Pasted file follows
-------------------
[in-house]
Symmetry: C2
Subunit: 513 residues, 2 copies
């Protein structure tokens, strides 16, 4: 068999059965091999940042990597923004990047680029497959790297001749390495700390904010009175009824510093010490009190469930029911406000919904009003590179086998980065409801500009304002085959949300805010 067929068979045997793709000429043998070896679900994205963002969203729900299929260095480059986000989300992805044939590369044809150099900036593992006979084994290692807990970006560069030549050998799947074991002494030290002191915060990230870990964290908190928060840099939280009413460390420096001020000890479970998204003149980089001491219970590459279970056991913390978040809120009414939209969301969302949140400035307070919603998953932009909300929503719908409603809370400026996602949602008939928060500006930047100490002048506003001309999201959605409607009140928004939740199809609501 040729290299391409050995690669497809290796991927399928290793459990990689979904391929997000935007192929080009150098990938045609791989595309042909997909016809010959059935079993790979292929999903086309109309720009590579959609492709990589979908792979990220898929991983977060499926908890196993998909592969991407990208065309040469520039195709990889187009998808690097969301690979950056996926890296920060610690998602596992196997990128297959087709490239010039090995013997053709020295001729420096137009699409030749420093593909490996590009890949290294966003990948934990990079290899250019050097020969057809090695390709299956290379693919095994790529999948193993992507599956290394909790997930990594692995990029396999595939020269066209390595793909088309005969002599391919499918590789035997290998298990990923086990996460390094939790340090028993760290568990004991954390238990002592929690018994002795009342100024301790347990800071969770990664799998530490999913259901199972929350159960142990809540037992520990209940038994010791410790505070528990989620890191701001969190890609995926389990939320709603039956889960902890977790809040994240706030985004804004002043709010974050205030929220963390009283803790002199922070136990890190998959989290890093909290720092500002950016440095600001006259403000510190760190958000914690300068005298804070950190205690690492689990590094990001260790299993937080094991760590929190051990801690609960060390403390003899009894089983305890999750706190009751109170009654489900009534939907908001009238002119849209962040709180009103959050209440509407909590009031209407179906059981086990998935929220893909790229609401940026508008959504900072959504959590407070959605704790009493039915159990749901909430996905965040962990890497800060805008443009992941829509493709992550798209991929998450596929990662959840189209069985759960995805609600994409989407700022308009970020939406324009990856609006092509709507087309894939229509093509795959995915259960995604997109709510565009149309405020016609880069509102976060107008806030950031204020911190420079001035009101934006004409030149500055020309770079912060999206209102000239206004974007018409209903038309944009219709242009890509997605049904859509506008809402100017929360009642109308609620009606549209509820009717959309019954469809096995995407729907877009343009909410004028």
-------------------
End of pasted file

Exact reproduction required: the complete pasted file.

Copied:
[in-house]
Symmetry: C2
Subunit: 513 residues, 2 copies
């Protein structure tokens, strides 16, 4: 068999059965091999940042990597923004990047680029497959790297001749390495700390904010009175009824510093010490009190469930029911406000919904009003590179086998980065409801500009304002085959949300805010 067929068979045997793709000429043998070896679900994205963002969203729900299929260095480059986000989300992805044939590369044809150099900036593992006979084994290692807990970006560069030549050998799947074991002494030290002191915060990230870990964290908190928060840099939280009413460390420096001020000890479970998204003149980089001491219970590459279970056991913390978040809120009414939209969301969302949140400035307070919603998953932009909300929503719908409603809370400026996602949602008939928060500006930047100490002048506003001309999201959605409607009140928004939740199809609501 040729290299391409050995690669497809290796991927399928290793459990990689979904391929997000935007192929080009150098990938045609791989595309042909997909016809010959059935079993790979292929999903086309109309720009590579959609492709990589979908792979990220898929991983977060499926908890196993998909592969991407990208065309040469520039195709990889187009998808690097969301690979950056996926890296920060610690998602596992196997990128297959087709490239010039090995013997053709020295001729420096137009699409030749420093593909490996590009890949290294966003990948934990990079290899250019050097020969057809090695390709299956290379693919095994790529999948193993992507599956290394909790997930990594692995990029396999595939020269066209390595793909088309005969002599391919499918590789035997290998298990990923086990996460390094939790340090028993760290568990004991954390238990002592929690018994002795009342100024301790347990800071969770990664799998530490999913259901199972929350159960142990809540037992520990209940038994010791410790505070528990989620890191701001969190890609995926389990939320709603039956889960902890977790809040994240706030985004804004002043709010974050205030929220963390009283803790002199922070136990890190998959989290890093909290720092500002950016440095600001006259403000510190760190958000914690300068005298804070950190205690690492689990590094990001260790299993937080094991760590929190051990801690609960060390403390003899009894089983305890999750706190009751109170009654489900009534939907908001009238002119849209962040709180009103959050209440509407909590009031209407179906059981086990998935929220893909790229609401940026508008959504900072959504959590407070959605704790009493039915159990749901909430996905965040962990890497800060805008443009992941829509493709992550798209991929998450596929990662959840189209069985759960995805609600994409989407700022308009970020939406324009990856609006092509709507087309894939229509093509795959995915259960995604997109709510565009149309405020016609880069509102976060107008806030950031204020911190420079001035009101934006004409030149500055020309770079912060999206209102000239206004974007018409209903038309944009219709242009890509997605049904859509506008809402100017929360009642109308609620009606549209509820009717959309019954469809096995995407729907877009343009909410004028």